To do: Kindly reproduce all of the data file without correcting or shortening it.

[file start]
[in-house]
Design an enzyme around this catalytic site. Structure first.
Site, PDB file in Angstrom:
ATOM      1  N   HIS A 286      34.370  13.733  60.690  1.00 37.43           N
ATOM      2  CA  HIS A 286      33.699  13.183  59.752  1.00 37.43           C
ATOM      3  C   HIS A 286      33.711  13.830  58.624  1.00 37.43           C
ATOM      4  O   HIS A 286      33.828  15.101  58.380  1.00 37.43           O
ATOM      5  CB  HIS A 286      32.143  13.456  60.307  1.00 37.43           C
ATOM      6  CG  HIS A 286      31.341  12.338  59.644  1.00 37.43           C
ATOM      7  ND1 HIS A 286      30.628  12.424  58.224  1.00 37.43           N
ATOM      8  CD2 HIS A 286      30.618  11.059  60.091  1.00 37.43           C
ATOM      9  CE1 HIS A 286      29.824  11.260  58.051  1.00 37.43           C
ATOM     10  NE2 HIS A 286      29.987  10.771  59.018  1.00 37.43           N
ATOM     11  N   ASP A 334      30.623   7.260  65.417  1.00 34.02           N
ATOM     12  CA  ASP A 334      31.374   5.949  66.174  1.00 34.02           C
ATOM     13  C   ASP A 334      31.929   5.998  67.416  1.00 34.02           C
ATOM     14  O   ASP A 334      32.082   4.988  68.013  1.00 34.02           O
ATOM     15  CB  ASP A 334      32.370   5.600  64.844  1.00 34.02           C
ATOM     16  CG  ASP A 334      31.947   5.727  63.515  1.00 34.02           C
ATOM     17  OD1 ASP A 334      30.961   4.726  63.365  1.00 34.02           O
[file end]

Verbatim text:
[in-house]
Design an enzyme around this catalytic site. Structure first.
Site, PDB file in Angstrom:
ATOM      1  N   HIS A 286      34.370  13.733  60.690  1.00 37.43           N
ATOM      2  CA  HIS A 286      33.699  13.183  59.752  1.00 37.43           C
ATOM      3  C   HIS A 286      33.711  13.830  58.624  1.00 37.43           C
ATOM      4  O   HIS A 286      33.828  15.101  58.380  1.00 37.43           O
ATOM      5  CB  HIS A 286      32.143  13.456  60.307  1.00 37.43           C
ATOM      6  CG  HIS A 286      31.341  12.338  59.644  1.00 37.43           C
ATOM      7  ND1 HIS A 286      30.628  12.424  58.224  1.00 37.43           N
ATOM      8  CD2 HIS A 286      30.618  11.059  60.091  1.00 37.43           C
ATOM      9  CE1 HIS A 286      29.824  11.260  58.051  1.00 37.43           C
ATOM     10  NE2 HIS A 286      29.987  10.771  59.018  1.00 37.43           N
ATOM     11  N   ASP A 334      30.623   7.260  65.417  1.00 34.02           N
ATOM     12  CA  ASP A 334      31.374   5.949  66.174  1.00 34.02           C
ATOM     13  C   ASP A 334      31.929   5.998  67.416  1.00 34.02           C
ATOM     14  O   ASP A 334      32.082   4.988  68.013  1.00 34.02           O
ATOM     15  CB  ASP A 334      32.370   5.600  64.844  1.00 34.02           C
ATOM     16  CG  ASP A 334      31.947   5.727  63.515  1.00 34.02           C
ATOM     17  OD1 ASP A 334      30.961   4.726  63.365  1.00 34.02           O